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From the outset Milton establishes to his readers that Satan is a colossal antagonist, with the realisation that his potential for evil and his success as a tempter are unquestionable. Milton's approach in the characterisation of Satan was definitely unorthodox at the time of writing, however, his methods are essential if the plot and characterisation is to be meaningful and believable. By rendering Satan as an attractive and awesome character, he immediately invites his readers to engage with the, as yet, only briefly mentioned characters of Adam and Eve.
If the readers can find themselves taken in by Satan's attractive and inspiring rhetoric, then the successful temptation of Eve becomes not only more believable to the reader, but an inevitable outcome of the plot. Milton's characterisation, not only of Satan, but of the characters of Adam and Eve is extremely important and worthy of study. The story of Adam and Eve in the Garden of Eden, which is the main source for the poem's subject matter, is so well known as to be almost indelibly stamped upon the consciousness of Christian and, more importantly, Western Civilisation as a whole.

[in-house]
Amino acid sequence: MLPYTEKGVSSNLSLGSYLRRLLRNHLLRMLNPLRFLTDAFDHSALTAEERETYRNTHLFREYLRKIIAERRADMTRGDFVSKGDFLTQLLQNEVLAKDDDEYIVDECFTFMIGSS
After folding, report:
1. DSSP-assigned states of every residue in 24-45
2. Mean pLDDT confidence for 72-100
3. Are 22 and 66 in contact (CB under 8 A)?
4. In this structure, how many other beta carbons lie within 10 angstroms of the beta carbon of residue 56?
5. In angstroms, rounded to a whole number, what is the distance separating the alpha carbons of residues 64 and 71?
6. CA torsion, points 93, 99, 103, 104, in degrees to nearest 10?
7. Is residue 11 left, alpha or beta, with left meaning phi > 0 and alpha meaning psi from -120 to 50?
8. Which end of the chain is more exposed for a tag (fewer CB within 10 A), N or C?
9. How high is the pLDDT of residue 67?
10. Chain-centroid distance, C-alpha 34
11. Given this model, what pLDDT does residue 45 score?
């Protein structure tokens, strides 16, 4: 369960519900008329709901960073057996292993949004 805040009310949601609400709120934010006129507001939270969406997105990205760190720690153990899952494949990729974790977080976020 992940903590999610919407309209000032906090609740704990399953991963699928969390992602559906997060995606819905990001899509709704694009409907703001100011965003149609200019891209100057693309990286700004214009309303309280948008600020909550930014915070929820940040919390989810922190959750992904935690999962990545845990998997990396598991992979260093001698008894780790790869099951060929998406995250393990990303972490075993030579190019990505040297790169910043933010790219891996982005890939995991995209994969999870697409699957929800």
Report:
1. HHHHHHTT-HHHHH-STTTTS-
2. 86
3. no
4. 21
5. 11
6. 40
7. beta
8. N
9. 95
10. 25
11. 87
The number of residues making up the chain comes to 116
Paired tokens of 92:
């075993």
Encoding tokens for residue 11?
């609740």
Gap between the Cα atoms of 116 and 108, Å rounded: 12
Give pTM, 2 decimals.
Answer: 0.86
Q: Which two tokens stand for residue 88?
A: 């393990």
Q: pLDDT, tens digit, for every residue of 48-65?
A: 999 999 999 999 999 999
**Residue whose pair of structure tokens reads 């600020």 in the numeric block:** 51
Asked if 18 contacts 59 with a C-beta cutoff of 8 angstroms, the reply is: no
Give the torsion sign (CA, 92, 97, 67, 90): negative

This added depth of characterisation which permits the readers to engage with the main protagonists is essential to the greatness of this text and without it the poem would not be regarded as such an important milestone in English literature. Desmond M. Hamlet writes that in Paradise Lost "Satan's sin is terrible because it is a rebellion against God's love, actualised in the Son who functions in the entire poem as the indispensable creative and restorative agency for the dissemination of that love in practical and exemplary ways. "